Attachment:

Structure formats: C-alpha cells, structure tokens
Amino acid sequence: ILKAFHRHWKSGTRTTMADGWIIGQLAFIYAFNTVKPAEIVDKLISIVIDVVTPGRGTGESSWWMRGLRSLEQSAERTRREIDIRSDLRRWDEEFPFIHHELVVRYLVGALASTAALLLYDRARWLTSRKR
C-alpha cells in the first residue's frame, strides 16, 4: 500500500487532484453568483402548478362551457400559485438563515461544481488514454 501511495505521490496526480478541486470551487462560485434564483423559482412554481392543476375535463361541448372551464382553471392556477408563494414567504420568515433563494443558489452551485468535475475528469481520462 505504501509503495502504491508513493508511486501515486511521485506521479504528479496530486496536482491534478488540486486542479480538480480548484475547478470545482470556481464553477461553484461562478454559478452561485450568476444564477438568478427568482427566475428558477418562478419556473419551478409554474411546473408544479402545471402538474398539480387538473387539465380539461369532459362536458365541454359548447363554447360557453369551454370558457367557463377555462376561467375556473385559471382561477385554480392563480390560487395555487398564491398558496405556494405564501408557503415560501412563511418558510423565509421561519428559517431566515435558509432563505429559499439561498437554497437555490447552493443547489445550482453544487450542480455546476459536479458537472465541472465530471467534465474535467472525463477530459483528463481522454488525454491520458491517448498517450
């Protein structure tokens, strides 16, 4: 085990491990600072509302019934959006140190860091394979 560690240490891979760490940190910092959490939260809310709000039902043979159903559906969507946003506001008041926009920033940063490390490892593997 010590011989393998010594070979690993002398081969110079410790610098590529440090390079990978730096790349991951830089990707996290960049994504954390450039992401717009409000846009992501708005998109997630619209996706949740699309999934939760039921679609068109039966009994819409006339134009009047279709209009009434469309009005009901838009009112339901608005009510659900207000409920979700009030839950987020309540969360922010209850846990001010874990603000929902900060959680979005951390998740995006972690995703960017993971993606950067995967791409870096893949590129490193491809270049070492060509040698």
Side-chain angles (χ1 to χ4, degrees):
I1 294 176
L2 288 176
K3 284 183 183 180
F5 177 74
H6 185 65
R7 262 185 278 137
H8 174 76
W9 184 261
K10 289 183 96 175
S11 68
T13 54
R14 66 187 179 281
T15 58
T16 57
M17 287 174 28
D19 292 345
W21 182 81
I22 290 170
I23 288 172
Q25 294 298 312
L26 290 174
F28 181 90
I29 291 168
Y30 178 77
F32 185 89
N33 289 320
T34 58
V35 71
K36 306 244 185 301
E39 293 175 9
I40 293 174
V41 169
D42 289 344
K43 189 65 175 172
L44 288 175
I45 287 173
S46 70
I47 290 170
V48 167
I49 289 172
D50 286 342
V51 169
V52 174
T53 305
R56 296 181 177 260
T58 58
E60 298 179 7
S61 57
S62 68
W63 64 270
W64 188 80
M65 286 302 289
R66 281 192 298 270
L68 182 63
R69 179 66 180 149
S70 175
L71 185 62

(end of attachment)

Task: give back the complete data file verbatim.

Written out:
Structure formats: C-alpha cells, structure tokens
Amino acid sequence: ILKAFHRHWKSGTRTTMADGWIIGQLAFIYAFNTVKPAEIVDKLISIVIDVVTPGRGTGESSWWMRGLRSLEQSAERTRREIDIRSDLRRWDEEFPFIHHELVVRYLVGALASTAALLLYDRARWLTSRKR
C-alpha cells in the first residue's frame, strides 16, 4: 500500500487532484453568483402548478362551457400559485438563515461544481488514454 501511495505521490496526480478541486470551487462560485434564483423559482412554481392543476375535463361541448372551464382553471392556477408563494414567504420568515433563494443558489452551485468535475475528469481520462 505504501509503495502504491508513493508511486501515486511521485506521479504528479496530486496536482491534478488540486486542479480538480480548484475547478470545482470556481464553477461553484461562478454559478452561485450568476444564477438568478427568482427566475428558477418562478419556473419551478409554474411546473408544479402545471402538474398539480387538473387539465380539461369532459362536458365541454359548447363554447360557453369551454370558457367557463377555462376561467375556473385559471382561477385554480392563480390560487395555487398564491398558496405556494405564501408557503415560501412563511418558510423565509421561519428559517431566515435558509432563505429559499439561498437554497437555490447552493443547489445550482453544487450542480455546476459536479458537472465541472465530471467534465474535467472525463477530459483528463481522454488525454491520458491517448498517450
């Protein structure tokens, strides 16, 4: 085990491990600072509302019934959006140190860091394979 560690240490891979760490940190910092959490939260809310709000039902043979159903559906969507946003506001008041926009920033940063490390490892593997 010590011989393998010594070979690993002398081969110079410790610098590529440090390079990978730096790349991951830089990707996290960049994504954390450039992401717009409000846009992501708005998109997630619209996706949740699309999934939760039921679609068109039966009994819409006339134009009047279709209009009434469309009005009901838009009112339901608005009510659900207000409920979700009030839950987020309540969360922010209850846990001010874990603000929902900060959680979005951390998740995006972690995703960017993971993606950067995967791409870096893949590129490193491809270049070492060509040698």
Side-chain angles (χ1 to χ4, degrees):
I1 294 176
L2 288 176
K3 284 183 183 180
F5 177 74
H6 185 65
R7 262 185 278 137
H8 174 76
W9 184 261
K10 289 183 96 175
S11 68
T13 54
R14 66 187 179 281
T15 58
T16 57
M17 287 174 28
D19 292 345
W21 182 81
I22 290 170
I23 288 172
Q25 294 298 312
L26 290 174
F28 181 90
I29 291 168
Y30 178 77
F32 185 89
N33 289 320
T34 58
V35 71
K36 306 244 185 301
E39 293 175 9
I40 293 174
V41 169
D42 289 344
K43 189 65 175 172
L44 288 175
I45 287 173
S46 70
I47 290 170
V48 167
I49 289 172
D50 286 342
V51 169
V52 174
T53 305
R56 296 181 177 260
T58 58
E60 298 179 7
S61 57
S62 68
W63 64 270
W64 188 80
M65 286 302 289
R66 281 192 298 270
L68 182 63
R69 179 66 180 149
S70 175
L71 185 62